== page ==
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Strong Pointers and Resource Management in C++

Resources and their Ownership

My favorite definition of a resource is "anything that your program has to acquire and then release." Memory is of course the prominent example of a resource. It is acquired using new and released using delete. But there are many other types of resources--file handles, critical sections, GDI resources in Windows, etc. It is convenient to generalize the notion of a resource to encompass all objects created and released in a program, the ones allocated on the heap as well as the ones declared on the stack or in the global scope.

The owner of a given resource is an object or a piece of code that is responsible for its release. Ownership falls into two classes--automatic and explicit. An object is owned automatically if its release is guaranteed by the mechanisms of the language. For instance, an object that is embedded inside another object is guaranteed to be destroyed when the outer object is destroyed. The outer object is thus considered the owner of the embedded object.

Similarly, every object that is declared on the stack (as an automatic variable) is guaranteed to be released (destroyed) when the flow of control leaves the scope in which it is defined. In this case, the scope itself is considered the owner of the object. Notice that automatic ownership is compatible with all other mechanisms of the language, including exceptions. It doesn't matter how you exit a scope, be it normal flow of control, a break statement, a return, a goto, or a throw--automatic resources are always cleaned up.

So far so good! The problem however starts with pointers, handles and abstract states. If access to a resource is through a pointer, as is the case with objects allocated on the heap, C++ doesn't automatically take care of its release. Instead, the programmer has to explicitly release the resource using the appropriate programming construct. For instance, if the object in question was created by calling new, it should be deallocated by calling delete. A file that was opened using CreateFile (Win32 API) should be closed using CloseHandle. A critical section that's been entered using EnterCriticalSection should be exited using LeaveCriticalSection, etc. A "naked" pointer, file handle or a state of a critical section has no owner that would guarantee its eventual release. The basic premise of Resource Management is to make sure that every resource has its owner.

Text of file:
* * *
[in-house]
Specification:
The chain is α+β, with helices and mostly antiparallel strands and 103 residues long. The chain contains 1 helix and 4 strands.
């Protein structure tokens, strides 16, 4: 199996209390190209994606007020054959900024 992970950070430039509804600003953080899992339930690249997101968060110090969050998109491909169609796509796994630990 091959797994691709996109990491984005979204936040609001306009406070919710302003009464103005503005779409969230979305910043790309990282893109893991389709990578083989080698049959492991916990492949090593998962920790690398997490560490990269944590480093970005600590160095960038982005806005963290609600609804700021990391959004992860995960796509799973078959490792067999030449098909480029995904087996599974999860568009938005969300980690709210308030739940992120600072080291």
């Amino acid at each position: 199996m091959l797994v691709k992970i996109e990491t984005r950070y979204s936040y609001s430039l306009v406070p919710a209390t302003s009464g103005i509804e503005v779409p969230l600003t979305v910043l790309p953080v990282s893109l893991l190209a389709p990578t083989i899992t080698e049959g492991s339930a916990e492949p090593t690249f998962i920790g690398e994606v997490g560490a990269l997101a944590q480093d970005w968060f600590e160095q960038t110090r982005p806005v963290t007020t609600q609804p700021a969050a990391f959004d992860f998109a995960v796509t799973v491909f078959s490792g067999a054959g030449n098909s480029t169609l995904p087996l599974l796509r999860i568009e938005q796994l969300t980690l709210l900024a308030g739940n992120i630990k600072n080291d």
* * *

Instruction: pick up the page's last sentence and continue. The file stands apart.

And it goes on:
The First Rule of Acquisition

A pointer, a handle, a state of a critical section will have its owner only if we encapsulate it in objects that follow the First Rule of Acquisition:
Allocate resources in constructors and release them in corresponding destructors.